Caren Weinhouse conducts cross-disciplinary research on global environmental health focused on environmental toxicology, epidemiology, and epigenetics. She received her PhD in Environmental Health Sciences and MPH in Occupational and Environmental Epidemiology from University of Michigan School of Public Health.
Her doctoral research contributed to the growing consensus that epigenetic responses to the chemical, nutritional, and social environments underlie the Developmental Origins of Health and Disease, or persistent environmental programming in early life that impacts risk profiles for adult health outcomes. Her dissertation focused on risk for liver tumors in adult mice following prenatal exposure to the endocrine disruptor bisphenol A, or BPA.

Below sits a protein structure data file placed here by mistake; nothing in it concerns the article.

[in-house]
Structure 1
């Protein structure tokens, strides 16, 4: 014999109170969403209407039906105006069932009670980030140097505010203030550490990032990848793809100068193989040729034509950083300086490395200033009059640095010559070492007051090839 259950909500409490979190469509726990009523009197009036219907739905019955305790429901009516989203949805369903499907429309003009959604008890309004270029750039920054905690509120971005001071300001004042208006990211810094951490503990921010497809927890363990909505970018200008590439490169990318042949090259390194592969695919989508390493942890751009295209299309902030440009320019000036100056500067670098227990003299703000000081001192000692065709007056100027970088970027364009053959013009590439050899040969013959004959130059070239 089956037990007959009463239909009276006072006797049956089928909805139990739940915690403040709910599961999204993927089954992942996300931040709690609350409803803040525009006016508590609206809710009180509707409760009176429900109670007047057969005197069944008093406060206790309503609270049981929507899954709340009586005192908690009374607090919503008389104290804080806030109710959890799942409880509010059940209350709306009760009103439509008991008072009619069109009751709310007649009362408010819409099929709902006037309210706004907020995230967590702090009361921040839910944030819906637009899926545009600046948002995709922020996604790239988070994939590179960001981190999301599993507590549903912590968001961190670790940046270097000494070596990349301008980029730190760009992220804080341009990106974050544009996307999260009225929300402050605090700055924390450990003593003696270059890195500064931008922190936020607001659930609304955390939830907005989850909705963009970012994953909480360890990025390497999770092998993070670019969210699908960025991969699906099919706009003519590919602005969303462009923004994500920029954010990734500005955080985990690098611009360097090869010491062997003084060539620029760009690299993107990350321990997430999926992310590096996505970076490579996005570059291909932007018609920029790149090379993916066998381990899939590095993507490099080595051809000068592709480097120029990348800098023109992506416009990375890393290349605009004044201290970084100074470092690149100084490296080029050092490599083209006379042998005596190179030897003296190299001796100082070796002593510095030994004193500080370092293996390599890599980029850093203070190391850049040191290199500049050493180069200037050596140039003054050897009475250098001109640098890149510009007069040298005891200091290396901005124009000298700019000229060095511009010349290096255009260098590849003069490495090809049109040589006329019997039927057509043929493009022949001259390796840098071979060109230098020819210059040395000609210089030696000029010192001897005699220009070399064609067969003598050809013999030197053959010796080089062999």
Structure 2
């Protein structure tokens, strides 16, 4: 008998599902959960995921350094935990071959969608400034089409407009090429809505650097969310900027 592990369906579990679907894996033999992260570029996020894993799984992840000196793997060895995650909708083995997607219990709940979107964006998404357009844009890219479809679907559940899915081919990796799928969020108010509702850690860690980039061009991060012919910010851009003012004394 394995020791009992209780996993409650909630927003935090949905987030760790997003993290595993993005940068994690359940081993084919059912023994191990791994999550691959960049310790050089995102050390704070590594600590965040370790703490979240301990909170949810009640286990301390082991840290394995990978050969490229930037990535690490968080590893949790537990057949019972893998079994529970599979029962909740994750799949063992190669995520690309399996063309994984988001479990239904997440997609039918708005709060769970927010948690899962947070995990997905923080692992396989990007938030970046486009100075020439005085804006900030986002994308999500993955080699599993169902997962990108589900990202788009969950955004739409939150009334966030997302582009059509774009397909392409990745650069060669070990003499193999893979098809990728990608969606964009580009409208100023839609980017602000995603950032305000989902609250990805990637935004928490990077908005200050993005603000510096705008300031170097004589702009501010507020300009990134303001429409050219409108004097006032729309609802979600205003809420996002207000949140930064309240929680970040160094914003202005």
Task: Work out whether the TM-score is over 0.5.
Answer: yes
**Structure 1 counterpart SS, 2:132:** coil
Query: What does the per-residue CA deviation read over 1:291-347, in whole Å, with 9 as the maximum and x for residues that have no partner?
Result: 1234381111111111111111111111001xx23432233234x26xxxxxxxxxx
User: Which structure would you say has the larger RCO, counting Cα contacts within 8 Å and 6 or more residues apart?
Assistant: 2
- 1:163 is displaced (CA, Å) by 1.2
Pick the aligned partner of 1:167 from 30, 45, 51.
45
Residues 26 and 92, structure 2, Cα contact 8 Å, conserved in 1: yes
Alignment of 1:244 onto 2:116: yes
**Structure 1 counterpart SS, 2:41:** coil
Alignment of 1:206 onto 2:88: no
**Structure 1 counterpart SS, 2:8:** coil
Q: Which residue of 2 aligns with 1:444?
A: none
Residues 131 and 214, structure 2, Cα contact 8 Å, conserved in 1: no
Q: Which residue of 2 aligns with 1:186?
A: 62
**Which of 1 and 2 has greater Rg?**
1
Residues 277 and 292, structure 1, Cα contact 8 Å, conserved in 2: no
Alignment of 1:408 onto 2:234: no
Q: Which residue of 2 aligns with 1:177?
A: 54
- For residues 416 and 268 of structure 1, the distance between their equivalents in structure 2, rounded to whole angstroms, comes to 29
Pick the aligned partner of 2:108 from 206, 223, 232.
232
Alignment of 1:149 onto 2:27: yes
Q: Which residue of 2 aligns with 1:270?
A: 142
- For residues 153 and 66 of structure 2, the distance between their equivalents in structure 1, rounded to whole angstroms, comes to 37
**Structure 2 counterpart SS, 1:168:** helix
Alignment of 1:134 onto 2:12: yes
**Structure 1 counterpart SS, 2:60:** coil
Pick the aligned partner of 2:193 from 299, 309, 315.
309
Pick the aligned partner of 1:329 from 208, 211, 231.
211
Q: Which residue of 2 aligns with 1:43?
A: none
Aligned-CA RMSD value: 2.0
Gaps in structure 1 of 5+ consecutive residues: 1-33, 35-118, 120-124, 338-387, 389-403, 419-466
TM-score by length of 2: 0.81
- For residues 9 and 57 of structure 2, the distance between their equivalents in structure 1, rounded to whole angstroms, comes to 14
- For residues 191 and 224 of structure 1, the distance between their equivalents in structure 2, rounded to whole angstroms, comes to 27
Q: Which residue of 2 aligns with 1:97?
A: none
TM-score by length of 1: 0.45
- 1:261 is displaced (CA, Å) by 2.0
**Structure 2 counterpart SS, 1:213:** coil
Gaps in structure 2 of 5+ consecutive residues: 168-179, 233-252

In her postdoctoral fellowship, she is integrating her background in environmental toxicology and epigenetics with larger conceptual frameworks in environmental health. Her research explores the role of environmental change in population health outcomes in Madre de Dios, Peru, and incorporates exposure assessment and epigenetic and health outcomes related to methyl mercury exposure in artisanal and small-scale gold mining communities in the region. In this work, she defines environmental exposures broadly to include not only environmental toxicants, like heavy metals, but also food insecurity, social instability, climate change and land use and land cover change.